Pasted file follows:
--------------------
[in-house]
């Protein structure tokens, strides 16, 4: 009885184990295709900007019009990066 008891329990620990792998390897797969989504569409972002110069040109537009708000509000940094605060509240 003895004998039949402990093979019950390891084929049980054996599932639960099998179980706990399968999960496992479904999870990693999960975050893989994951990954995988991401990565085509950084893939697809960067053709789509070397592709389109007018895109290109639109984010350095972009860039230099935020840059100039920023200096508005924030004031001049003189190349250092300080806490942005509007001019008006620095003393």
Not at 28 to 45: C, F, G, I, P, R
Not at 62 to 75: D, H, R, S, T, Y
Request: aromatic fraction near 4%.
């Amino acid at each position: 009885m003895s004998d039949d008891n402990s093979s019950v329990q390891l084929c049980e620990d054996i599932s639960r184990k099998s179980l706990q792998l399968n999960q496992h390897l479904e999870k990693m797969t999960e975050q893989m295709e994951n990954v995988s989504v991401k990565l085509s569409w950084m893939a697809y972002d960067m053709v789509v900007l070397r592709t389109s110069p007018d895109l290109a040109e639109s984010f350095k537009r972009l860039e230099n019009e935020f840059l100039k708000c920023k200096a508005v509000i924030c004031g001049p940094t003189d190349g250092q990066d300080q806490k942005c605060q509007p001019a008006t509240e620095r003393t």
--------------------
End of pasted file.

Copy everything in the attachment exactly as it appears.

[in-house]
């Protein structure tokens, strides 16, 4: 009885184990295709900007019009990066 008891329990620990792998390897797969989504569409972002110069040109537009708000509000940094605060509240 003895004998039949402990093979019950390891084929049980054996599932639960099998179980706990399968999960496992479904999870990693999960975050893989994951990954995988991401990565085509950084893939697809960067053709789509070397592709389109007018895109290109639109984010350095972009860039230099935020840059100039920023200096508005924030004031001049003189190349250092300080806490942005509007001019008006620095003393």
Not at 28 to 45: C, F, G, I, P, R
Not at 62 to 75: D, H, R, S, T, Y
Request: aromatic fraction near 4%.
């Amino acid at each position: 009885m003895s004998d039949d008891n402990s093979s019950v329990q390891l084929c049980e620990d054996i599932s639960r184990k099998s179980l706990q792998l399968n999960q496992h390897l479904e999870k990693m797969t999960e975050q893989m295709e994951n990954v995988s989504v991401k990565l085509s569409w950084m893939a697809y972002d960067m053709v789509v900007l070397r592709t389109s110069p007018d895109l290109a040109e639109s984010f350095k537009r972009l860039e230099n019009e935020f840059l100039k708000c920023k200096a508005v509000i924030c004031g001049p940094t003189d190349g250092q990066d300080q806490k942005c605060q509007p001019a008006t509240e620095r003393t």